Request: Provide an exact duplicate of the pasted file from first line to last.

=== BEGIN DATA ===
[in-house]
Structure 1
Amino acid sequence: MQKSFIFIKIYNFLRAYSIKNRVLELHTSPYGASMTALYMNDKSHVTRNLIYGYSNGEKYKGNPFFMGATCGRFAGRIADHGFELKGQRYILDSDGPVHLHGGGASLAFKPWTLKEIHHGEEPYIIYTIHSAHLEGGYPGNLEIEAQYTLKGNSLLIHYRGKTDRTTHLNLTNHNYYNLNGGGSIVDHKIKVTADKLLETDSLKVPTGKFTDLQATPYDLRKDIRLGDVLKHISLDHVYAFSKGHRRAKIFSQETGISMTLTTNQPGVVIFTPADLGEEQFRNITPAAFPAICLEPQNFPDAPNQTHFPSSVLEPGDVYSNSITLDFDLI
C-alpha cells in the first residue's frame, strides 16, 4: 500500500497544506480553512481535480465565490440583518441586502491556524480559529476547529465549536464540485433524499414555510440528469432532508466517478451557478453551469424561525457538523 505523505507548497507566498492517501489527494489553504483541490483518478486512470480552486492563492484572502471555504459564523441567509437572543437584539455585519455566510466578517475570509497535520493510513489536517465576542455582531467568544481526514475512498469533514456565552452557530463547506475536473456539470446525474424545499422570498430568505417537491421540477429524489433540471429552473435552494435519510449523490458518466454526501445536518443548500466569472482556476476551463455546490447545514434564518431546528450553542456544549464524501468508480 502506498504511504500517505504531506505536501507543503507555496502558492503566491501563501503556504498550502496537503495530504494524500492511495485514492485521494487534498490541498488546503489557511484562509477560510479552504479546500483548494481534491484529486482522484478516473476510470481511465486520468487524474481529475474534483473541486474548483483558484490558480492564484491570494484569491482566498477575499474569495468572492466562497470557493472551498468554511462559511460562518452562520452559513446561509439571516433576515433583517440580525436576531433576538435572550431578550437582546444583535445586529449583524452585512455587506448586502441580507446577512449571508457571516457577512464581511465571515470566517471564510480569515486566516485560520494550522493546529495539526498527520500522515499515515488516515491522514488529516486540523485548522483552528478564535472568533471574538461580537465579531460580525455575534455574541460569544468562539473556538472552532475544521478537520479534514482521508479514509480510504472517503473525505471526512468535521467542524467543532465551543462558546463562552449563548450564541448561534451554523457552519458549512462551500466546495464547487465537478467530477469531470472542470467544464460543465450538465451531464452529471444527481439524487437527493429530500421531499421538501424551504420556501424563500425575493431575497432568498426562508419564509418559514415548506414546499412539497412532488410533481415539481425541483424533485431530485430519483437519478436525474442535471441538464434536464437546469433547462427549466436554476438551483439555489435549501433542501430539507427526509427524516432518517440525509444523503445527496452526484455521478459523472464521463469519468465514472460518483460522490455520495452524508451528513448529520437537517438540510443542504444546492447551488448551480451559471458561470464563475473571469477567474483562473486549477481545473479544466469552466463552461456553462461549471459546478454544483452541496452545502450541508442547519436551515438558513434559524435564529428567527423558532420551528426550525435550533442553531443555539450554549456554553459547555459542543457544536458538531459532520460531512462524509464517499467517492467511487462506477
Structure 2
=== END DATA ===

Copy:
[in-house]
Structure 1
Amino acid sequence: MQKSFIFIKIYNFLRAYSIKNRVLELHTSPYGASMTALYMNDKSHVTRNLIYGYSNGEKYKGNPFFMGATCGRFAGRIADHGFELKGQRYILDSDGPVHLHGGGASLAFKPWTLKEIHHGEEPYIIYTIHSAHLEGGYPGNLEIEAQYTLKGNSLLIHYRGKTDRTTHLNLTNHNYYNLNGGGSIVDHKIKVTADKLLETDSLKVPTGKFTDLQATPYDLRKDIRLGDVLKHISLDHVYAFSKGHRRAKIFSQETGISMTLTTNQPGVVIFTPADLGEEQFRNITPAAFPAICLEPQNFPDAPNQTHFPSSVLEPGDVYSNSITLDFDLI
C-alpha cells in the first residue's frame, strides 16, 4: 500500500497544506480553512481535480465565490440583518441586502491556524480559529476547529465549536464540485433524499414555510440528469432532508466517478451557478453551469424561525457538523 505523505507548497507566498492517501489527494489553504483541490483518478486512470480552486492563492484572502471555504459564523441567509437572543437584539455585519455566510466578517475570509497535520493510513489536517465576542455582531467568544481526514475512498469533514456565552452557530463547506475536473456539470446525474424545499422570498430568505417537491421540477429524489433540471429552473435552494435519510449523490458518466454526501445536518443548500466569472482556476476551463455546490447545514434564518431546528450553542456544549464524501468508480 502506498504511504500517505504531506505536501507543503507555496502558492503566491501563501503556504498550502496537503495530504494524500492511495485514492485521494487534498490541498488546503489557511484562509477560510479552504479546500483548494481534491484529486482522484478516473476510470481511465486520468487524474481529475474534483473541486474548483483558484490558480492564484491570494484569491482566498477575499474569495468572492466562497470557493472551498468554511462559511460562518452562520452559513446561509439571516433576515433583517440580525436576531433576538435572550431578550437582546444583535445586529449583524452585512455587506448586502441580507446577512449571508457571516457577512464581511465571515470566517471564510480569515486566516485560520494550522493546529495539526498527520500522515499515515488516515491522514488529516486540523485548522483552528478564535472568533471574538461580537465579531460580525455575534455574541460569544468562539473556538472552532475544521478537520479534514482521508479514509480510504472517503473525505471526512468535521467542524467543532465551543462558546463562552449563548450564541448561534451554523457552519458549512462551500466546495464547487465537478467530477469531470472542470467544464460543465450538465451531464452529471444527481439524487437527493429530500421531499421538501424551504420556501424563500425575493431575497432568498426562508419564509418559514415548506414546499412539497412532488410533481415539481425541483424533485431530485430519483437519478436525474442535471441538464434536464437546469433547462427549466436554476438551483439555489435549501433542501430539507427526509427524516432518517440525509444523503445527496452526484455521478459523472464521463469519468465514472460518483460522490455520495452524508451528513448529520437537517438540510443542504444546492447551488448551480451559471458561470464563475473571469477567474483562473486549477481545473479544466469552466463552461456553462461549471459546478454544483452541496452545502450541508442547519436551515438558513434559524435564529428567527423558532420551528426550525435550533442553531443555539450554549456554553459547555459542543457544536458538531459532520460531512462524509464517499467517492467511487462506477
Structure 2